Dickson Malele’s perspective on artistic success appears to be focused on the cultivation and mentorship of emerging artists, rather than on financial wealth or material possessions. He values the investment of one’s own talents and efforts in nurturing a new generation of artistic talent as a measure of achievement, rather than traditional markers of prosperity.

By Sandile Memela

On 19 January, the spotlight will once again shine on Dickson Malele, a true legend and veteran of the theatre world who has captivated audiences for over half a century.

With unparalleled talent and unwavering dedication to his craft, Malele has left an indelible mark on the performance theatre industry. At 72 years young, he stands tall as he receives his well-deserved third award, a testament to his countless contributions and his enduring passion for theatre.

Previously, he got a Vita Award for his contribution to Woza Albert and his role in the development and growth of theatre, especially in the township.

You get the sense that Malele does not measure artistic success by how much money is in the bank or where your mansion is.

Instead, he measures it by how much of yourself you have given to raise a new generation of artists.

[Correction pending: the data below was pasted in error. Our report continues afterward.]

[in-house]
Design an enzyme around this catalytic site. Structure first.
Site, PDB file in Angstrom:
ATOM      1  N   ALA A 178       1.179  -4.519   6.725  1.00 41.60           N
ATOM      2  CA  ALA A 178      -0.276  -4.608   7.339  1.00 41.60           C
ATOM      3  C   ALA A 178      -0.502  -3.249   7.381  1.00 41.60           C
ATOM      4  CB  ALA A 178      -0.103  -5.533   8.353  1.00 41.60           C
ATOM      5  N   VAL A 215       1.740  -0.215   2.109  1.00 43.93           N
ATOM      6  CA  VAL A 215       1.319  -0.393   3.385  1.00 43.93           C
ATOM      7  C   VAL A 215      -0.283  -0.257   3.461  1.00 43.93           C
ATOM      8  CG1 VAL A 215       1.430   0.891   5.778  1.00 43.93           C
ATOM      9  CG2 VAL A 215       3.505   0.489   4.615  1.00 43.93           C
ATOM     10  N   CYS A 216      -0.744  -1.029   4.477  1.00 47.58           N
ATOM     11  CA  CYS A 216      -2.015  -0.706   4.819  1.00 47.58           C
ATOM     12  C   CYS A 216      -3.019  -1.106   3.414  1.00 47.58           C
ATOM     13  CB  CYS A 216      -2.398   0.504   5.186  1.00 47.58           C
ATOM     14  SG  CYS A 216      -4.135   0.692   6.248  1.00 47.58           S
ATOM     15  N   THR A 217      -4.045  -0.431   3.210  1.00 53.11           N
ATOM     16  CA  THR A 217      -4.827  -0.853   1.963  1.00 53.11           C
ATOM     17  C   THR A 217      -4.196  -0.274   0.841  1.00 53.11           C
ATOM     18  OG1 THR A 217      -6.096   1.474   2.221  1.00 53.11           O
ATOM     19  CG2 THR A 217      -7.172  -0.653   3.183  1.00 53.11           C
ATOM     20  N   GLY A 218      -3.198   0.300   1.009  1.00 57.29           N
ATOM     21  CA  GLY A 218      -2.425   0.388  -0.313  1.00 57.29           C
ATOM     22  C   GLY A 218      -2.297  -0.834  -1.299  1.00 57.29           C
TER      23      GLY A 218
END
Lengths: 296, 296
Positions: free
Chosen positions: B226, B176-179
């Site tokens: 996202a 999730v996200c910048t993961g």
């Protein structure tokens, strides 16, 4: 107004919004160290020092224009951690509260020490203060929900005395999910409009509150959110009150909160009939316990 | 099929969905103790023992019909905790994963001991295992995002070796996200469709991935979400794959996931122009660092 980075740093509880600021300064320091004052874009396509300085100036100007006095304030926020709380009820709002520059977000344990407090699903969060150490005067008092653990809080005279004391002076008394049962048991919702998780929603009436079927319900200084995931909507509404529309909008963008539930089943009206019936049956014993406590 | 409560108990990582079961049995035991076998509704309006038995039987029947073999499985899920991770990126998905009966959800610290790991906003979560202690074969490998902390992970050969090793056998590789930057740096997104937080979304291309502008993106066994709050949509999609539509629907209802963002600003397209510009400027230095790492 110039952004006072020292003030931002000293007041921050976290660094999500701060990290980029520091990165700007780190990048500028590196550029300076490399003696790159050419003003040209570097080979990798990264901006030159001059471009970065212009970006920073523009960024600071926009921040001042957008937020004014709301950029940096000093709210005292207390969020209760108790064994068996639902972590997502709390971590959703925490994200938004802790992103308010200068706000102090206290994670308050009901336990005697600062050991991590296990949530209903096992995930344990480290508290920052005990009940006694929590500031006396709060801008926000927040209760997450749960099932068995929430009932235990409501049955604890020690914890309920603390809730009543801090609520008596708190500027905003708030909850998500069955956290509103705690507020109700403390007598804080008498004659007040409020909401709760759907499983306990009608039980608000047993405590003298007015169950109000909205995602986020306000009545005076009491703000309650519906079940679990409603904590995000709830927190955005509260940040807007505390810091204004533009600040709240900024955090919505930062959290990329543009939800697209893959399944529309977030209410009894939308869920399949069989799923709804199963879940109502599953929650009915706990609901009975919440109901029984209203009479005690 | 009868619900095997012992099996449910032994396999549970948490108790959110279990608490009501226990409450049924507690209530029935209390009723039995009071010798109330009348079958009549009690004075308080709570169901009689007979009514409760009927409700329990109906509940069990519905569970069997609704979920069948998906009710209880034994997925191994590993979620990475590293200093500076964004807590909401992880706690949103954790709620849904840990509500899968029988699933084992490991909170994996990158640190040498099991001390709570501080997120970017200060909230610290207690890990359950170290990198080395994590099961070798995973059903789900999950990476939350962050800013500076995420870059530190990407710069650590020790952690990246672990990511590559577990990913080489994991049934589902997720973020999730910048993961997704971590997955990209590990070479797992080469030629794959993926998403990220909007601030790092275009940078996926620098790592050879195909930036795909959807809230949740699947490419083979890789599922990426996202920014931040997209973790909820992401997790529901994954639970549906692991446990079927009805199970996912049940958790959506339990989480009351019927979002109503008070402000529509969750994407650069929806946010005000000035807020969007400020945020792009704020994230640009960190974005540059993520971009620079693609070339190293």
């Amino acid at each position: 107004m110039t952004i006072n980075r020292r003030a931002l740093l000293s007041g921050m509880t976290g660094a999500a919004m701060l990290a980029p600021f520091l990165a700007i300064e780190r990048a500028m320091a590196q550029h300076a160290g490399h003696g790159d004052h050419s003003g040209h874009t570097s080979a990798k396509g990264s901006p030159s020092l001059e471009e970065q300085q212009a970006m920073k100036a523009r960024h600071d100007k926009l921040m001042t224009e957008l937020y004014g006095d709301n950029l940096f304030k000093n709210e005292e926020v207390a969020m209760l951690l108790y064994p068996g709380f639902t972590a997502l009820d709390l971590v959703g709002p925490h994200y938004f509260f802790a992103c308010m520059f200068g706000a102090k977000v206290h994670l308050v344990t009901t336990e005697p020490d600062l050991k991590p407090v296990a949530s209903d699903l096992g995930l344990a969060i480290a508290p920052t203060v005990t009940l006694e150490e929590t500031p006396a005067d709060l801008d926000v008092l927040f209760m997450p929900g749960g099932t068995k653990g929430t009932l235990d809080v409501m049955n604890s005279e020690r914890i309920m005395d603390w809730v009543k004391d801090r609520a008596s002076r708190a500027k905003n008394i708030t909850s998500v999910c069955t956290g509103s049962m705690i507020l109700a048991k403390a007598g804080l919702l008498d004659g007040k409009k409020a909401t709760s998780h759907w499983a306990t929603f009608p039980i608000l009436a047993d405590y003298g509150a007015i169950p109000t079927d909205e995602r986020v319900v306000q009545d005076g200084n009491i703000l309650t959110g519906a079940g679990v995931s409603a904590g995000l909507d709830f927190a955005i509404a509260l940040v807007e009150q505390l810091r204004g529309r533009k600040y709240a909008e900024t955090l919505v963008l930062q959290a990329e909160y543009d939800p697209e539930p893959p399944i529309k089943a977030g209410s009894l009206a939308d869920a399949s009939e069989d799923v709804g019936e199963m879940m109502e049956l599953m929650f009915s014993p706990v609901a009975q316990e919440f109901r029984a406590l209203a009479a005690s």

“This award is part of the rare tradition to acknowledge everything I have done in my life. All I can say is that I have given my life to theatre.

“Essentially, I am a teacher who imparts history and skills to young ones,” said Malele. 

Those who know consider him to be the late Mbongeni Ngema’s alter ego. But he says he was his creative partner. They were so close that he was granted a special slot at the late’s memorial service.

“Ngema had no business to die. We still had a lot to offer the world,” said Malele. 

He said observers tell him that a veteran of his calibre would have been a multi-millionaire if he was in America. But he scoffs at the idea.

“I am an African artist who does what he does not for money or financial success. I see myself as a conduit for African artistry and culture.

“For me, it has never been about money. I do what I do to transfer our knowledge, wisdom, history and heritage to the young.

“I believe I belong to the tradition of artists like Bra Gibson Kente, Madosini or Esther Mahlangu who had more love for what they do than money,” said Malele.

Cynics think this justifies and perpetuates the plight of artists to die paupers. But Malele does not consider himself poor.

The Siphiwo Msimang Foundation will host a low-key celebration at the Joburg Peoples Theatre in Braamfontein on Friday, 19 January.

Malele’s family, friends and other relevant peers and contemporaries have been invited to watch him bask in his limelight.

There will be a special performance of Woza Albert.

The purpose is to acknowledge, recognise and, above all, celebrate his contribution to the growth and development of township theatre.

In his own way, Malele is a widely recognised figure in township theatre and entertainment. 

In fact, he considers himself to have been right-hand man to the likes of Gibson Kente, Mbongeni Ngema and Percy Mtwa, among others.